We’ve put together a summary of the latest changes to New Zealand Privacy Laws that could affect you and your business.
The GRWM Regulations, part 2, Guideline 3.1 deal with risks associated with remote or isolated work. It is a PCBU’s responsibility to manage the risk. I think the HSWA guidelines are fairly prescriptive, but as we all know… all the guidelines are fairly open to interpretation, but two things are very clear;
As a lone or remote worker, when something goes wrong and you activate an SOS, you want to know that a fast, reliable and efficient response is on the way. This is evident in the latest article from Garmin about their 5,000’th inReach SOS, a Whitewater rafting emergency.
API integration is vital for critical response monitoring of lone workers. Solutions that rely on SMS messages or Email to relay the SOS message could result in the alert being caught up in SPAM filters. Our latest blog post explains why API integration is the most reliable form of communication when it comes to saving lives.
When implementing a lone worker safety solution your first priority is the safety of your people. How do you do this while ensuring your team are on board with the solution and don’t feel that they are being watched?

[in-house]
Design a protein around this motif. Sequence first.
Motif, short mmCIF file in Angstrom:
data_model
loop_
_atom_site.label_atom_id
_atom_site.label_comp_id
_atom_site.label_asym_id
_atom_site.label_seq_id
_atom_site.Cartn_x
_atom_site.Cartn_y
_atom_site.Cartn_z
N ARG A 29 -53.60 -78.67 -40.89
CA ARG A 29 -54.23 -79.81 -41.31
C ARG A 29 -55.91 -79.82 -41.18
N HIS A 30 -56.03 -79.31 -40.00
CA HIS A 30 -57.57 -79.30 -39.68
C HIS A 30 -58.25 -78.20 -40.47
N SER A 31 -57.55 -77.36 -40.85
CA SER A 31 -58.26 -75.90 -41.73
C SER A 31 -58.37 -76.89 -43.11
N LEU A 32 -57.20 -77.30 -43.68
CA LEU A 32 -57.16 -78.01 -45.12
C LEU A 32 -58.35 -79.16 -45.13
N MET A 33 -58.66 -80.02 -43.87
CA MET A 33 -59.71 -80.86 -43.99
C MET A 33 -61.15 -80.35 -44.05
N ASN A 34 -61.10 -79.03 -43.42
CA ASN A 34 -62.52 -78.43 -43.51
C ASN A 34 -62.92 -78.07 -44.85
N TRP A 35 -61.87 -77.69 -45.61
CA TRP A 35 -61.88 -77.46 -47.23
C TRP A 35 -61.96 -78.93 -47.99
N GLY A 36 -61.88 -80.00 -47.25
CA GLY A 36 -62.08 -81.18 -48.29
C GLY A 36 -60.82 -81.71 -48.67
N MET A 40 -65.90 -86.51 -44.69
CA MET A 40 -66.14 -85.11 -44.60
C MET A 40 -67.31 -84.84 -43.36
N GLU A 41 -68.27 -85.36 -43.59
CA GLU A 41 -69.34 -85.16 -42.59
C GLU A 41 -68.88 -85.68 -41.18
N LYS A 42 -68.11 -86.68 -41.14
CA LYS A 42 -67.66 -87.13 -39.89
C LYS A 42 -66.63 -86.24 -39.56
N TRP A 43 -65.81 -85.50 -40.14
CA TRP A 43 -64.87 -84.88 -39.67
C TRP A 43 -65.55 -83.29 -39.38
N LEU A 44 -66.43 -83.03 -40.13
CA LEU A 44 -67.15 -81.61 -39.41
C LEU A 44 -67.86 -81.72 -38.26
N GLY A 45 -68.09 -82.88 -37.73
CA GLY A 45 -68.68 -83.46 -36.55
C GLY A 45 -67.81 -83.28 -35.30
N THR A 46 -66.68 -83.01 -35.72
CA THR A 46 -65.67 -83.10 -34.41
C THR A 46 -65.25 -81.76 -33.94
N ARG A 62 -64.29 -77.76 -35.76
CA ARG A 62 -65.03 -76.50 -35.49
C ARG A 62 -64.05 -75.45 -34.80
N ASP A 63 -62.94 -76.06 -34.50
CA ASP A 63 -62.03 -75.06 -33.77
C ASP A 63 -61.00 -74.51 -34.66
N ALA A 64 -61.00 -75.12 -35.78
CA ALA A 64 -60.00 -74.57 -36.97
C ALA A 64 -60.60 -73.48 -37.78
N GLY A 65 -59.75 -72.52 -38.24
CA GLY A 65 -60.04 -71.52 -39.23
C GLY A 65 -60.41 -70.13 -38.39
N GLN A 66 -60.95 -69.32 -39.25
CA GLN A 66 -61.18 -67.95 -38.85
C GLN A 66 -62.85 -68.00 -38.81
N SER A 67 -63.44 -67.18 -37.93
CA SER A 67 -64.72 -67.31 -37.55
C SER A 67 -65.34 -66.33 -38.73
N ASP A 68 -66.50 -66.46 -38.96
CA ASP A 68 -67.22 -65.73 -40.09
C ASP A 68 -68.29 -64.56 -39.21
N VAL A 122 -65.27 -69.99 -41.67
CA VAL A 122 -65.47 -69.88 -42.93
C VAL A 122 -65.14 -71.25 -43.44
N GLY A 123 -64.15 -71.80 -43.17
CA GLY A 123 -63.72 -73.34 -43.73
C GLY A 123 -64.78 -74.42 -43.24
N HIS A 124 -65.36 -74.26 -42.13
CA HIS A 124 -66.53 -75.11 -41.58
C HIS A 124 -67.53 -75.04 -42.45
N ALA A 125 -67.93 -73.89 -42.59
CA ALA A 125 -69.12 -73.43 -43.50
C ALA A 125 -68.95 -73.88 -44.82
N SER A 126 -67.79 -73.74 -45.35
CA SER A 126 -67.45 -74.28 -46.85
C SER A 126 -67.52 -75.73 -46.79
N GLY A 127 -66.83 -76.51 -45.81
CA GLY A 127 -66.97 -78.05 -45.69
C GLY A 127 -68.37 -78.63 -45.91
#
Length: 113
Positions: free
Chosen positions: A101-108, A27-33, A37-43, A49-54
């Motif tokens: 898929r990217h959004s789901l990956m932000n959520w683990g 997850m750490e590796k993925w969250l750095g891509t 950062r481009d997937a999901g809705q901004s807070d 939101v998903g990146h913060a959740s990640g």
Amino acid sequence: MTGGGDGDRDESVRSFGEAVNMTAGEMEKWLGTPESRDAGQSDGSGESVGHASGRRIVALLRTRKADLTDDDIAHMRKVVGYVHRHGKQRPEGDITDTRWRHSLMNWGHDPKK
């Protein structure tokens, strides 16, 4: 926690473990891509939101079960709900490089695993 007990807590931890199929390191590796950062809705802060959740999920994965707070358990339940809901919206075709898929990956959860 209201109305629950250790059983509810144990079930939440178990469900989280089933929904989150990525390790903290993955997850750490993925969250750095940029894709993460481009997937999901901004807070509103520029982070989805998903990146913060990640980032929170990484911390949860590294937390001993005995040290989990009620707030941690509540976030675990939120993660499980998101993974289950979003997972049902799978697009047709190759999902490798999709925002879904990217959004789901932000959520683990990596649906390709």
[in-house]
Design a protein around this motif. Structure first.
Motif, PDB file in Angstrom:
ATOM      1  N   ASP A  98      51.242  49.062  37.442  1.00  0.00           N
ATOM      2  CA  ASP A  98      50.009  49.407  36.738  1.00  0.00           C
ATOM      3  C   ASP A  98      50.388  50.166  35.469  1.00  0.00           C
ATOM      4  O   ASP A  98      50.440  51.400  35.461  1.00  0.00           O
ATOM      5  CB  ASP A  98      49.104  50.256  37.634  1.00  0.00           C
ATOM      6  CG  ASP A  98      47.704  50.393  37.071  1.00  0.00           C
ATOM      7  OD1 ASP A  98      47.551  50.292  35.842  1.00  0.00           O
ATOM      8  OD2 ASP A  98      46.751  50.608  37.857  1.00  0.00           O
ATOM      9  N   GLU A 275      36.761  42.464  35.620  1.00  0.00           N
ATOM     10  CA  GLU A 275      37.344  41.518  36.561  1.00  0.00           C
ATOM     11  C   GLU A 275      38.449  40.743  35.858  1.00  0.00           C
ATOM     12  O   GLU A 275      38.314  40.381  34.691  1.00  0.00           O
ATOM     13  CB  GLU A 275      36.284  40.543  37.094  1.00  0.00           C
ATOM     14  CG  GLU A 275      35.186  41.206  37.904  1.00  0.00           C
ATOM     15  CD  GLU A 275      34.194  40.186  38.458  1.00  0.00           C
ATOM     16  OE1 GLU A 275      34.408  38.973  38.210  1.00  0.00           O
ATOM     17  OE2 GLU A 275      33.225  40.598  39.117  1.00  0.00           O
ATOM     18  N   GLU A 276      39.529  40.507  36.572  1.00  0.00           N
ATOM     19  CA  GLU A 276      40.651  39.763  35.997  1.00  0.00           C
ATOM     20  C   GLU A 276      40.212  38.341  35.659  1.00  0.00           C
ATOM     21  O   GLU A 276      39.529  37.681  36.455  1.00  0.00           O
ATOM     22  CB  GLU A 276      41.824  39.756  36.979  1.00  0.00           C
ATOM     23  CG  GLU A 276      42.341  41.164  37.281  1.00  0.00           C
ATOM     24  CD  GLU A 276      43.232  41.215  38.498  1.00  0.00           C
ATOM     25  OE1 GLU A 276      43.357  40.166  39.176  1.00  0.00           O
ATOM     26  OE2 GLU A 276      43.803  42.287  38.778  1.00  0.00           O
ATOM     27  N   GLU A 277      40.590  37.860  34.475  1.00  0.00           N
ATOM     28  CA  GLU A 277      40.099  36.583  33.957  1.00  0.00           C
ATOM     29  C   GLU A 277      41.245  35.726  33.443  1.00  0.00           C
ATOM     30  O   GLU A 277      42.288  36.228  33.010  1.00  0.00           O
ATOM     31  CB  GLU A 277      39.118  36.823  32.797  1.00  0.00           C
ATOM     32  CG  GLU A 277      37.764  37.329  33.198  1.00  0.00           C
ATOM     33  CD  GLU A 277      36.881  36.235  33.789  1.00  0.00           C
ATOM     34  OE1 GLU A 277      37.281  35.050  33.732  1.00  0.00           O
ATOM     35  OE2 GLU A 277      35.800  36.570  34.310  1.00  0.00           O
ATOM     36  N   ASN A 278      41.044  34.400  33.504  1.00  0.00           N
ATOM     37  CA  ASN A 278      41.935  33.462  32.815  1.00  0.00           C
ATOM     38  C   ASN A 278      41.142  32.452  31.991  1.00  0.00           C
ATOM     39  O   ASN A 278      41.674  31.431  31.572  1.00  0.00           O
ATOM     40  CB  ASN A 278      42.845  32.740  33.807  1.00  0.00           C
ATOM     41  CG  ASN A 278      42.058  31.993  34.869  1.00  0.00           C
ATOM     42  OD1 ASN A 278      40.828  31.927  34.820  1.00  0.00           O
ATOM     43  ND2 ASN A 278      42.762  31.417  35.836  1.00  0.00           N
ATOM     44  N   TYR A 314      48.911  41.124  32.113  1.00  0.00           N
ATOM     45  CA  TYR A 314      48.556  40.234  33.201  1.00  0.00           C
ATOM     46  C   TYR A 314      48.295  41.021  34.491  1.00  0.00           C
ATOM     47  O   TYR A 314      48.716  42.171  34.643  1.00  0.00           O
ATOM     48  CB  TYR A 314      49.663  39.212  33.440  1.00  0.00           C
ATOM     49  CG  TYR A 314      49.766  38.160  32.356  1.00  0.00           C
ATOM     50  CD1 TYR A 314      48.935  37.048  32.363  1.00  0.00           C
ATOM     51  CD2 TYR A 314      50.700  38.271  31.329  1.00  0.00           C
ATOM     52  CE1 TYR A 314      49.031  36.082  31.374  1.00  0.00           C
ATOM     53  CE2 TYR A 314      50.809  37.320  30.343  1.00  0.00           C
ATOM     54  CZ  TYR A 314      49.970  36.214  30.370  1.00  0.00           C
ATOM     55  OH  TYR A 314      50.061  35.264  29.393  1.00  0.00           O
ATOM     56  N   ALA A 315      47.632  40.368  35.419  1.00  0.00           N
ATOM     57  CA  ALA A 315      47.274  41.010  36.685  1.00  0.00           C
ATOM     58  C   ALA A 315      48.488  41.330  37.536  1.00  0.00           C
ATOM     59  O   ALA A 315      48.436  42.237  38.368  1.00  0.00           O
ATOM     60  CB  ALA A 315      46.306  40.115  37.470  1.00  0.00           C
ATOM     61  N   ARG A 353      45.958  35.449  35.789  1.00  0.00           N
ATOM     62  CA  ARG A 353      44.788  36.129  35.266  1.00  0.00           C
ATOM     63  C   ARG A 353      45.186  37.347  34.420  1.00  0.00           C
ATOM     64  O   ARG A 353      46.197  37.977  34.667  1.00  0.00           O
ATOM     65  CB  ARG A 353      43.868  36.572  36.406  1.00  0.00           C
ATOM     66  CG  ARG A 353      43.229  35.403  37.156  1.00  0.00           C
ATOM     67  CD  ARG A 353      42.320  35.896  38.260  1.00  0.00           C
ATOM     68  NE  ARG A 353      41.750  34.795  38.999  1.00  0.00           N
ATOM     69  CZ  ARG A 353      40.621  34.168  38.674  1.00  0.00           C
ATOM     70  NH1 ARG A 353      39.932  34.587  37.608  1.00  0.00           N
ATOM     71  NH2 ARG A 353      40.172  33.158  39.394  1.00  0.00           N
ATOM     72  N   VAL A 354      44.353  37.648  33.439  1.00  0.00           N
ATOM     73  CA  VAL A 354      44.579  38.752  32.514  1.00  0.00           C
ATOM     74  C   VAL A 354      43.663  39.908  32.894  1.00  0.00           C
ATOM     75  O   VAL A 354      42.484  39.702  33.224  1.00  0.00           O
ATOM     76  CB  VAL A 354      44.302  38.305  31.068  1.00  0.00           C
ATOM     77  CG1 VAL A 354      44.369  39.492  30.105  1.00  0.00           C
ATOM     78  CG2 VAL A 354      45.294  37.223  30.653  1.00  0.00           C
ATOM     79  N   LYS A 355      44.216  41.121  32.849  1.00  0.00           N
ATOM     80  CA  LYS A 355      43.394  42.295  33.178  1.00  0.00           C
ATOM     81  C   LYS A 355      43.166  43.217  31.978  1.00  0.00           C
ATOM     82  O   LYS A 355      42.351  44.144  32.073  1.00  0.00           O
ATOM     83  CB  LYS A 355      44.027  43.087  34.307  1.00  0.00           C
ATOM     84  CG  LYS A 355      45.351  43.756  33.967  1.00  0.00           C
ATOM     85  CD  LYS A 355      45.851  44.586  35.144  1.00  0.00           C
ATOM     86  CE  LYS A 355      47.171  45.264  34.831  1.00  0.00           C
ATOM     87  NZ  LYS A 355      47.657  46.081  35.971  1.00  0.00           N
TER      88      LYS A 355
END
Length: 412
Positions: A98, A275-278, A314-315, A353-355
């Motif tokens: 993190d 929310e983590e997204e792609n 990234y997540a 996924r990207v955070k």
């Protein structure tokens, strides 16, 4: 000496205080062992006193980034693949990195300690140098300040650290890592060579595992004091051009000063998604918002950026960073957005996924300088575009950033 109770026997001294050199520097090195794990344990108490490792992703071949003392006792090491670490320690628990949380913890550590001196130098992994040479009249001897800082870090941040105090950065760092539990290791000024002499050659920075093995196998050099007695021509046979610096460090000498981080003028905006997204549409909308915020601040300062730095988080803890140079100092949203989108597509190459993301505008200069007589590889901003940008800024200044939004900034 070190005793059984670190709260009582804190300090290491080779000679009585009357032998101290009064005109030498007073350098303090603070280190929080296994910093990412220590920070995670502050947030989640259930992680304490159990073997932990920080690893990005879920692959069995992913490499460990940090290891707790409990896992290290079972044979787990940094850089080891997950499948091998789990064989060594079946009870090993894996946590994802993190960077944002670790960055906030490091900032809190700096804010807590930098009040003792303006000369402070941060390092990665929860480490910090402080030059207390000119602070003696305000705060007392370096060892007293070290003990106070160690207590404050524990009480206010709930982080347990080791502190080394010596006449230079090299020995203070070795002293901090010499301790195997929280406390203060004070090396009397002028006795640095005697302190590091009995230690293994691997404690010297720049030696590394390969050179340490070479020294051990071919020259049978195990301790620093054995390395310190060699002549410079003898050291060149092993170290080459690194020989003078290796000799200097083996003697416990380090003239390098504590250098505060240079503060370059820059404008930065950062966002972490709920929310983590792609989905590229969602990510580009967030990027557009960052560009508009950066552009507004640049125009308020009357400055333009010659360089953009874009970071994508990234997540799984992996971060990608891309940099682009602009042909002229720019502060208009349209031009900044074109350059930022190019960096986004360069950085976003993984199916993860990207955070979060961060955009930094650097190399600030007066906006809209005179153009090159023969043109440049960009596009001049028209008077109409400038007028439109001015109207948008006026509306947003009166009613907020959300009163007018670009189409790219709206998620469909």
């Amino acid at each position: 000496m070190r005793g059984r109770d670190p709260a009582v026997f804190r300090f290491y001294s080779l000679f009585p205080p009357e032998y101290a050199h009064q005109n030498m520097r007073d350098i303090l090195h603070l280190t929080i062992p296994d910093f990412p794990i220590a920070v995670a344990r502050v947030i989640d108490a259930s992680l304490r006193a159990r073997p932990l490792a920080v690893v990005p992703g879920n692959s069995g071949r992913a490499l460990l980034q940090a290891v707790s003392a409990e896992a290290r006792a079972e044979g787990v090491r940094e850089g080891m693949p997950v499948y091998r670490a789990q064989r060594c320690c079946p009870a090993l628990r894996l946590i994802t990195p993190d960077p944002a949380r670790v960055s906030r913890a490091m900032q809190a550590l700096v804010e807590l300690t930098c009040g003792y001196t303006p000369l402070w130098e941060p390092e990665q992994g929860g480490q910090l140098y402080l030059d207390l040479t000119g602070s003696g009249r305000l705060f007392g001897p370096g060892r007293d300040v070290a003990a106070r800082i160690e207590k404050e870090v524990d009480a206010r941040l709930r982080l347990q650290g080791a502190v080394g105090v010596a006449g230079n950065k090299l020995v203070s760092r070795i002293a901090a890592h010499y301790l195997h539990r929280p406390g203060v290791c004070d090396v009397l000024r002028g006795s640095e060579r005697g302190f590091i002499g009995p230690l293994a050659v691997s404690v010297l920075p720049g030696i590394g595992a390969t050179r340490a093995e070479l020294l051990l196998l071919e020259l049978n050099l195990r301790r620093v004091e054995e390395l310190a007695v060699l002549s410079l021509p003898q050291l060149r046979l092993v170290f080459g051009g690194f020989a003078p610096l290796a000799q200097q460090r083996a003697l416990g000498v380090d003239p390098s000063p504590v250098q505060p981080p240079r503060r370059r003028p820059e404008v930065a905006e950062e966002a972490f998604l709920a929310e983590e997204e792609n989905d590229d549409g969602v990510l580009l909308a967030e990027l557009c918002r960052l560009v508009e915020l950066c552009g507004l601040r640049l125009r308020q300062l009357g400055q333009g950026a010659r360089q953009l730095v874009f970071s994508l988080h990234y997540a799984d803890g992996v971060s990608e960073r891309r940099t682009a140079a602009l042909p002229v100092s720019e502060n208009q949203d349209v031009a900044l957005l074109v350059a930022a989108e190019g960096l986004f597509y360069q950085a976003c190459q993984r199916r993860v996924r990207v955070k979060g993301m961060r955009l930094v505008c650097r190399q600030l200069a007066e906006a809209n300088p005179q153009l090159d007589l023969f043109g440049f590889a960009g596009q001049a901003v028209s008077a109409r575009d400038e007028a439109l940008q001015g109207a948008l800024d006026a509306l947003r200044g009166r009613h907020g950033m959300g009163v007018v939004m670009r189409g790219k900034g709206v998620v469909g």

While GPS location always works provided you’re in view of the sky, you may also have staff who need protection and are working in vast indoor spaces. Our latest blog post explains why a GPS solution wont work and what options are available.
This safety alert highlights the serious health and safety risks that poorly maintained tripod tanks pose for fuel users.
Not sure which device will give your Lone Workers the greatest level of protection? Our information paper explains the differences between PLB/EPIRB/SPOT devices versus robust iridium communication/SOS devices.
Having GPS in your vehicles is fantastic, there are many benefits, but does this protect your lone and remote workers?
This question was asked by one of our lone workers following our last newsletter. It’s a fair question. His expectation was that we call 111, talk to the operator and the Police may or may not attend. The reality is quite different.